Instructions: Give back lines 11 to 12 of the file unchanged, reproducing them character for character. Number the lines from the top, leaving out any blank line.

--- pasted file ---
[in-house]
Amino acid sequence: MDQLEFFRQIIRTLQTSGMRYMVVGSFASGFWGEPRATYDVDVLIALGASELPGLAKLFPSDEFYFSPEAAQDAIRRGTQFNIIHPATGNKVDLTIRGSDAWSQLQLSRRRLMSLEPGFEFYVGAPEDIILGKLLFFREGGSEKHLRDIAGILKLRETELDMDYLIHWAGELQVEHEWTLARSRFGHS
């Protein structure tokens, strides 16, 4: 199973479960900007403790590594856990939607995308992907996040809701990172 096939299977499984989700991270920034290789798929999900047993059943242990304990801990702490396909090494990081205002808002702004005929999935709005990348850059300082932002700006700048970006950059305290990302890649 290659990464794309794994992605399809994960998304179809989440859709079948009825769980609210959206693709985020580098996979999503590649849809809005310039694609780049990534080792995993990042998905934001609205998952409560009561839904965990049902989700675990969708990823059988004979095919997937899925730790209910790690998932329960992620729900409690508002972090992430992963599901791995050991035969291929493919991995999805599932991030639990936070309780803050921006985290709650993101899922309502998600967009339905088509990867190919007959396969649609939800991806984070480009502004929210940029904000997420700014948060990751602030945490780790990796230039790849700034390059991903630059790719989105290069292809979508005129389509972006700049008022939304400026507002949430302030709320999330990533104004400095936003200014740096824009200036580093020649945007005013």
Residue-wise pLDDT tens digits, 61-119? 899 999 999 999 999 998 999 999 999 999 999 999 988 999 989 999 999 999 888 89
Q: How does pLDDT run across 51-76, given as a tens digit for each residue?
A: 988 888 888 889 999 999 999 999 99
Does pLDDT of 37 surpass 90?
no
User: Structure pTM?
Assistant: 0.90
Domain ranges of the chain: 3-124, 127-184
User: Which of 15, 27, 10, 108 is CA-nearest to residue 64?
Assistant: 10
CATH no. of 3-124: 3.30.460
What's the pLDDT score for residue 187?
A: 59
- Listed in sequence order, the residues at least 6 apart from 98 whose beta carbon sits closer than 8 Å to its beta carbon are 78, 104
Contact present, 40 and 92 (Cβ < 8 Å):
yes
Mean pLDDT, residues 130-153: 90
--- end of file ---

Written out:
Domain ranges of the chain: 3-124, 127-184
User: Which of 15, 27, 10, 108 is CA-nearest to residue 64?